4. Thanksgiving Turkey and Christmas Trees.
As I look back on our NICU journey, spending the Holiday season in the hospital was bittersweet. It was really hard to celebrate Thanksgiving in a completely different way, and wake up Christmas morning without my babies at home. While it was not easy, I had to remember that this was also our first Thanksgiving and Christmas as husband and wife. SO, I tried to make things as normal as I could by making this season special in a different way. Thanksgiving, Christmas, and New Year’s Eve will never go by that I don’t think of our time in the NICU. Why do I love NICU nurses so good? Because they make Thanksgiving and Christmas crafts to treasure. They allow crazy mothers like myself to bring in a Christmas tree to decorate my children’s bed spots. They make Christmas photo shoots happen among tubes and wires. They schedule Santa Claus to visit (and make sure he’s completely germ free nonetheless!) They take Holiday pictures and drink sparkling grape juice with you on New Year’s Eve. They have the heart to make this time special as they can for you. No matter what time of the year that you are in the NICU, make the most of it! We knew when the girls were born at 29 weeks, that UNC- Chapel Hill would be our second home for a while. So, in order to make the most of our time we adjusted our life to a new “normal”. Even if that consisted of tiny foot print crafts, incubator and hospital crib decorations, a new found love for cafeteria Mac ‘n’ Cheese, and an excitement for a peppermint mocha like you wouldn’t believe. It worked and helped us survive three long months!
5. “Did I ever ask you for some ME time, Cora?” – Madea
This lesson made me think of that scene from Madea Goes to Jail, right before Madea takes the “Big” and the “K” off the K-Mart. This was probably the hardest lesson for me to learn! I felt a terrible guilt any time that I was not with the girls. I had to learn that taking time away was something I needed to do for myself, for my husband, and essentially for the girls. The Mama doesn’t need to be stressing, y’all! It’s perfectly okay to take some, “me” time. Trust me, it is hard to come by after you all get home! Andrew and I had only been married for three months when the girls were born. We tried really hard to stay positive and lean on one another through such a trying journey, and one outlook that helped us was seeing that time as a gift to one another. While the girls were in the NICU, we didn’t want it to divide our marriage. We were very intentional about spending time with one another outside of the NICU and taking a “breather” from time to time. On most days, Andrew would meet me at the hospital after work. We always made sure to leave the hospital together, and we treated ourselves by going somewhere to eat afterwards. The last thing I wanted to do when we got home was cook, and it gave us the opportunity to talk to one another and unwind. Honestly, I don’t even think I went to the grocery store for a big trip until the girls came home. Three months! I know, terrible. The only thing in our house was milk, bottled water, and ingredients for lactation cookies… my poor, poor husband. There were many people that gave us restaurant gift cards during this time and that was unbelievably helpful!! (Andrew was very appreciative!)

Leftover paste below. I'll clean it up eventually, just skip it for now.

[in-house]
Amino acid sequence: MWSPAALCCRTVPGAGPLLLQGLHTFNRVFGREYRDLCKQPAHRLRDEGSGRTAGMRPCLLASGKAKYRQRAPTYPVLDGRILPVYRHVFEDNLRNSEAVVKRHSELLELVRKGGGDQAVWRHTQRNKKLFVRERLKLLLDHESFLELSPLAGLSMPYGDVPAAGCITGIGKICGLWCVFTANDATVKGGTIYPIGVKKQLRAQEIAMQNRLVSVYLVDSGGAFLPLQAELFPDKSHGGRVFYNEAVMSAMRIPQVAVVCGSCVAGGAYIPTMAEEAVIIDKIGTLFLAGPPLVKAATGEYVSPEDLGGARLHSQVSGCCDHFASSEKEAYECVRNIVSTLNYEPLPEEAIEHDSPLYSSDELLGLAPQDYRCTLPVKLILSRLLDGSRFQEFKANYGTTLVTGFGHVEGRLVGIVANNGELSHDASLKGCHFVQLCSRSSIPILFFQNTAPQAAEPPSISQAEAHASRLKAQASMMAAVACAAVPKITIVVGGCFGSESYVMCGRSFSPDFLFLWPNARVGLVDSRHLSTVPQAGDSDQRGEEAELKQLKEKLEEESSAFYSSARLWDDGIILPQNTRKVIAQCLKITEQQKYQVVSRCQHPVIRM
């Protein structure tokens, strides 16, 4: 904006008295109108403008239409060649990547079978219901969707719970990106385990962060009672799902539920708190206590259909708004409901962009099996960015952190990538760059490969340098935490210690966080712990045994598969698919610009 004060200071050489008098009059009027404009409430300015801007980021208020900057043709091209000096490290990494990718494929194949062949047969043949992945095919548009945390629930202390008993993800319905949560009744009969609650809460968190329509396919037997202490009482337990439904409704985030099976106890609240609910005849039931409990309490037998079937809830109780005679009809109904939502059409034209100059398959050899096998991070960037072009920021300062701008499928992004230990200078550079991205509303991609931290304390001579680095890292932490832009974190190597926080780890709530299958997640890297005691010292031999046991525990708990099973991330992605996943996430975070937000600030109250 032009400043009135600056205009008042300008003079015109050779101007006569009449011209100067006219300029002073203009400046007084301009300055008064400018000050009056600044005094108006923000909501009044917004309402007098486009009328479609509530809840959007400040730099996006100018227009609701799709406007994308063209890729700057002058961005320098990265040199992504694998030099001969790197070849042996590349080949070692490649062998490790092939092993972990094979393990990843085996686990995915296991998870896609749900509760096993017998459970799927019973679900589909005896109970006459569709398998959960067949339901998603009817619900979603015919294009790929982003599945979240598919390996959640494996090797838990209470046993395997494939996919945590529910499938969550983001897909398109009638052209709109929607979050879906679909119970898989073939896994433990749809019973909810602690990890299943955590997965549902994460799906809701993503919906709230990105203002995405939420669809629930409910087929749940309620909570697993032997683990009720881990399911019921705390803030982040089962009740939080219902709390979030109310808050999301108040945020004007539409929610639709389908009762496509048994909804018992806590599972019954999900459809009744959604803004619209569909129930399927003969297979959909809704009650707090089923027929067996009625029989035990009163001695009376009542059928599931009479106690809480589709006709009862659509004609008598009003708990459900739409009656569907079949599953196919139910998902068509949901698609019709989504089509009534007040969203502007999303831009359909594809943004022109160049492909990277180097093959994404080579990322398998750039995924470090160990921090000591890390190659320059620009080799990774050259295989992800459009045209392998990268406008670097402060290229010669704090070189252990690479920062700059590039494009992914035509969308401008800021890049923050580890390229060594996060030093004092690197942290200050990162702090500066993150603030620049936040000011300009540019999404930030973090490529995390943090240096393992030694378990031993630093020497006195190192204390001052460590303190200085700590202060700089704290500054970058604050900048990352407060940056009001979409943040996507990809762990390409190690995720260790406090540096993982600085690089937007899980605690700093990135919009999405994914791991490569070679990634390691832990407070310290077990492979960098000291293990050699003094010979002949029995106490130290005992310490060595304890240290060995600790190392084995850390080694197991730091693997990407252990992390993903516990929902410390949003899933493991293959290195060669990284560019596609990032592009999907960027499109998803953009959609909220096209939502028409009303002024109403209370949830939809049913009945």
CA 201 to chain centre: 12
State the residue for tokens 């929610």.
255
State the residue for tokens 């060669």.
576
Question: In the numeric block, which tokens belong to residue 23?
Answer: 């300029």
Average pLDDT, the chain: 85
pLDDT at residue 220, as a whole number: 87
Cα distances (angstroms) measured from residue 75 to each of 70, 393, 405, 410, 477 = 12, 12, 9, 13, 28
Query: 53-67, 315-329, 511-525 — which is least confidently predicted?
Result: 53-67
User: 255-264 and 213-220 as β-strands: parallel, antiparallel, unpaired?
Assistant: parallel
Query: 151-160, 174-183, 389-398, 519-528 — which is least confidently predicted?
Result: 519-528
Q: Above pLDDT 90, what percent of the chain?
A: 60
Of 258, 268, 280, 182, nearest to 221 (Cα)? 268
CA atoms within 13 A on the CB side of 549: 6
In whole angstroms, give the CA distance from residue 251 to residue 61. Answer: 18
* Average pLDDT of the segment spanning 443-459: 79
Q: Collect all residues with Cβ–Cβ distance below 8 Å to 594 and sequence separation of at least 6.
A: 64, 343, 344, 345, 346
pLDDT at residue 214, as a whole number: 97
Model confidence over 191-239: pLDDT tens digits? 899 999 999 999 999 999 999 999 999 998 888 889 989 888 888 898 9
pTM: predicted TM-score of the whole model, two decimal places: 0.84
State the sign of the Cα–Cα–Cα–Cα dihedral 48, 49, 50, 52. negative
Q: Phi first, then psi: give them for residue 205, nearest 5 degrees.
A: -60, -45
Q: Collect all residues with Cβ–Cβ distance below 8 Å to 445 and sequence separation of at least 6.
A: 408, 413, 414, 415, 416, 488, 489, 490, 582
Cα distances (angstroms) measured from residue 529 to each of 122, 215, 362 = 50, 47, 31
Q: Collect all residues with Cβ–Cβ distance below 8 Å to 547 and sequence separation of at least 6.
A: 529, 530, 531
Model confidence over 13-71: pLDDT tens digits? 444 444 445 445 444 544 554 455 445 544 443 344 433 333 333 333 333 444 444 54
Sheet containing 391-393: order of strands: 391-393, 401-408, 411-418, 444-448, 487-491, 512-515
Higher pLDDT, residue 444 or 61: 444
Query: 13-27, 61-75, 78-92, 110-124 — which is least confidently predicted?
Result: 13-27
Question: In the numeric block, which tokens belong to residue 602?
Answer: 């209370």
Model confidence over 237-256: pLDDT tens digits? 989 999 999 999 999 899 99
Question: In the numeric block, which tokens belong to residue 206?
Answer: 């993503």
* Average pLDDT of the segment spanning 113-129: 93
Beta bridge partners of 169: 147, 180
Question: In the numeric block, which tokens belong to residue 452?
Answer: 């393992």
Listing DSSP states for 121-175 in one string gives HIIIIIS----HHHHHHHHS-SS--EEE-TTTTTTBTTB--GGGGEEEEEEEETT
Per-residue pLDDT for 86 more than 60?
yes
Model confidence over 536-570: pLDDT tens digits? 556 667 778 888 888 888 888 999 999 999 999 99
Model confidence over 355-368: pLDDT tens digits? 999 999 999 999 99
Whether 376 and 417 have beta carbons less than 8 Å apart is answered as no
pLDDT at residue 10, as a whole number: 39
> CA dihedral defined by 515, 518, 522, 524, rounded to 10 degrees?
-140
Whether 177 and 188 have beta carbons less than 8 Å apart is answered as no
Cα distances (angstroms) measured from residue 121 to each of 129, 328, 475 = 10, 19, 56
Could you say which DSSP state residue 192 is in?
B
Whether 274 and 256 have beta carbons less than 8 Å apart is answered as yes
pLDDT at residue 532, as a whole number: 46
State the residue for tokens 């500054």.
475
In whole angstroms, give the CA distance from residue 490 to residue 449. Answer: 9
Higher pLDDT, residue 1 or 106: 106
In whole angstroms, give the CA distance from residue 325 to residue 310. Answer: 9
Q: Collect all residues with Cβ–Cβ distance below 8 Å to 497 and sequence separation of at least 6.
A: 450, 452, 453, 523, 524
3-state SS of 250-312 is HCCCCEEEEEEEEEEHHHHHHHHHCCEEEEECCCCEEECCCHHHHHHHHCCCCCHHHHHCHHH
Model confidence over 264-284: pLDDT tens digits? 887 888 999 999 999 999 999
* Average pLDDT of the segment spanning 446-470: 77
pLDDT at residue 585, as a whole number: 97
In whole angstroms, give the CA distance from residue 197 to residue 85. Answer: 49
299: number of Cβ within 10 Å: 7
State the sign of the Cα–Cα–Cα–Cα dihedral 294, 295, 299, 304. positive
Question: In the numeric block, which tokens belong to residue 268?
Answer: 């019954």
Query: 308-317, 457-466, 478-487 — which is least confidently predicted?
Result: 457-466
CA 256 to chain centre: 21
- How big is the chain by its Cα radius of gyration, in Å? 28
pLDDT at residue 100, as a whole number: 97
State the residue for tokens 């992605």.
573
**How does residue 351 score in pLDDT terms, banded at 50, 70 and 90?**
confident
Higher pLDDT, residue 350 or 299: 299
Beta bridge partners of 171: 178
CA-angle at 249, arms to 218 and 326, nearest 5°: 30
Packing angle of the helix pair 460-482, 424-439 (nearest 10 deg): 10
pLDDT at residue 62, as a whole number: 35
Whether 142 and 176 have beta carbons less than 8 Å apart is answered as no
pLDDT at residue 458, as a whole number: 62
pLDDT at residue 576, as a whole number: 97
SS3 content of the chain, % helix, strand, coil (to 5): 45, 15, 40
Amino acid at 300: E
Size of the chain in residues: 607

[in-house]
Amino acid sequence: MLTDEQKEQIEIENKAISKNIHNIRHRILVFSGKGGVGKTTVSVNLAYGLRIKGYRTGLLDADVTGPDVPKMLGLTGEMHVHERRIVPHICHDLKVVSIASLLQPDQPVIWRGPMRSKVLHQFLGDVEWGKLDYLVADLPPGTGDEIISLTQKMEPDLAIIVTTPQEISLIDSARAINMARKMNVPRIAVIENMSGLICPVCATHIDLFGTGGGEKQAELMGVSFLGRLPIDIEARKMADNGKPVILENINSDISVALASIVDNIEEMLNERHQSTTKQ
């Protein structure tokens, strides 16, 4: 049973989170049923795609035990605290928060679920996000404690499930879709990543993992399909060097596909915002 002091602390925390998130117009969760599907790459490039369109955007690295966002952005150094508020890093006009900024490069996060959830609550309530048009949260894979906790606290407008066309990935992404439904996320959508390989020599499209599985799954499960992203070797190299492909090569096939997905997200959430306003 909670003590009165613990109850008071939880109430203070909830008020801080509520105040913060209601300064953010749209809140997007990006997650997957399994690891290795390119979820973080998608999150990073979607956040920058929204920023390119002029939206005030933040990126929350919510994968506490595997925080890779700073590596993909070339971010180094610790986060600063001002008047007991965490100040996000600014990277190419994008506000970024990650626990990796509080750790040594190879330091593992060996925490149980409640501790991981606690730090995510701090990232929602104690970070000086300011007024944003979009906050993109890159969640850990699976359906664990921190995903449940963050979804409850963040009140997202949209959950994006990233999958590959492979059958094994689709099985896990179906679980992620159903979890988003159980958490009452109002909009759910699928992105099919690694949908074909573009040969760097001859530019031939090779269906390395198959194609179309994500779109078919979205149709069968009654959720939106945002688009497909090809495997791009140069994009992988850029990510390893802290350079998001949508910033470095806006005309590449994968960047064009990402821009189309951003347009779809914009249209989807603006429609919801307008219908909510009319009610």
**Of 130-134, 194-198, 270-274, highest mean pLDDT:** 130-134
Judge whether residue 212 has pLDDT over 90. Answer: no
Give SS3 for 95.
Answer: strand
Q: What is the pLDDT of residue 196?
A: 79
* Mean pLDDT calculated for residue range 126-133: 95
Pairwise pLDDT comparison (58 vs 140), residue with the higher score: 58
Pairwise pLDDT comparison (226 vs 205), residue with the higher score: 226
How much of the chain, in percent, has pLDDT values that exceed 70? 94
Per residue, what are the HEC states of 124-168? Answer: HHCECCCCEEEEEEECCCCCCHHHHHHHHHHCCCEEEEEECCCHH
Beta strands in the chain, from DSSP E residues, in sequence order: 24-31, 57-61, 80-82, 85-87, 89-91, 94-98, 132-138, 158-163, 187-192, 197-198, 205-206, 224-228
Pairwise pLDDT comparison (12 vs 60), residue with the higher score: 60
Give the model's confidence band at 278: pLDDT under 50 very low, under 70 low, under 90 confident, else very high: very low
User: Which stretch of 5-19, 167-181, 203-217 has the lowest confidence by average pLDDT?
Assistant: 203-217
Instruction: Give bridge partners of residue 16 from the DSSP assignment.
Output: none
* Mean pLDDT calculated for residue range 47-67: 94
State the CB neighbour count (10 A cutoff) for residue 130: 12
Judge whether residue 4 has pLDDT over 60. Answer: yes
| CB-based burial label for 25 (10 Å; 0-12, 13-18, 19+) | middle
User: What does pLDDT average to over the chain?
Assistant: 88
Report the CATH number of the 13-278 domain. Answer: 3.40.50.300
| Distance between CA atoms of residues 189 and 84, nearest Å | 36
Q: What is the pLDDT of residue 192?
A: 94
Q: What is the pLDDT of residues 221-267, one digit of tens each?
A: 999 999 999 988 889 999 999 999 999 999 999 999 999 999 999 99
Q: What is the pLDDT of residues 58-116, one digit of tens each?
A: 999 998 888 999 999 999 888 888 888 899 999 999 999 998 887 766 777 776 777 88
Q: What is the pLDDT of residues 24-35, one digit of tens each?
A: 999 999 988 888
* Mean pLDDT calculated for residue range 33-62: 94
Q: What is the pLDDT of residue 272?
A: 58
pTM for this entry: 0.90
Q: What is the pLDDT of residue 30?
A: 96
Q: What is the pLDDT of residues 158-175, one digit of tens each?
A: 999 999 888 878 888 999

While it was helpful to stay positive and have time together, I never gave myself a mental break. I knew going into our journey at Chapel Hill that the road was going to be long and hard. When the girls were born, I immediately masked my fear and wore strength. I knew I had to be strong for my daughters and my husband. A word of advice for other NICU Mom’s? You don’t have to be strong all the time! Since the majority of our NICU journey was during the Holiday season, I kept myself way too busy to make time to break down. At the very end of our journey and in the slow days it took to bring the girls home, my emotions were coming to a breaking point. Did I give myself time? No. I kept on truckin’ as I hurriedly put together a nursery and bought every hand sanitizer and Lysol can at Target. So, when did they all come out? During an episode of Law and Order: SVU. Three weeks after we brought the girls home. Out of no where. It was the episode where Elliot’s wife, Kathy, gets into a car accident with Olivia and she goes into labor. I LOST IT LIKE A MAD WOMAN. The girls were in their cribs, Andrew was fixing bottles, and I was doing the hideous ugly cry in the chair. I probably cried, and cried hard for a solid hour. During an episode of Law and Order, nonetheless. That’s what did it.
My advice? Take time for yourself to reflect on the process. Don’t let it all build up! It’s unbelievably hard. Every time I had to leave the girls and walk in the door without them was hard. Every time I walked into their nursery and they weren’t there, I got tears in my eyes. When I was three hours away from them on Christmas morning, my heart was breaking. I’ve been there, and I’ve learned. I had been so strong, and when we finally came home I thought to myself, “I did it! Without breaking down! I’m good!” No. Somewhere, it is buried. Someday, it will come out. Take you some “me” time, Mama. Just don’t take the “Big” and the “K” off the K-Mart when you do. We all know some days in the NICU make you want to…
I hope these lessons from one NICU Mom to another were helpful! If you have any further questions or concerns, please feel free to comment below. You can also reach me at firstname.lastname@example.org!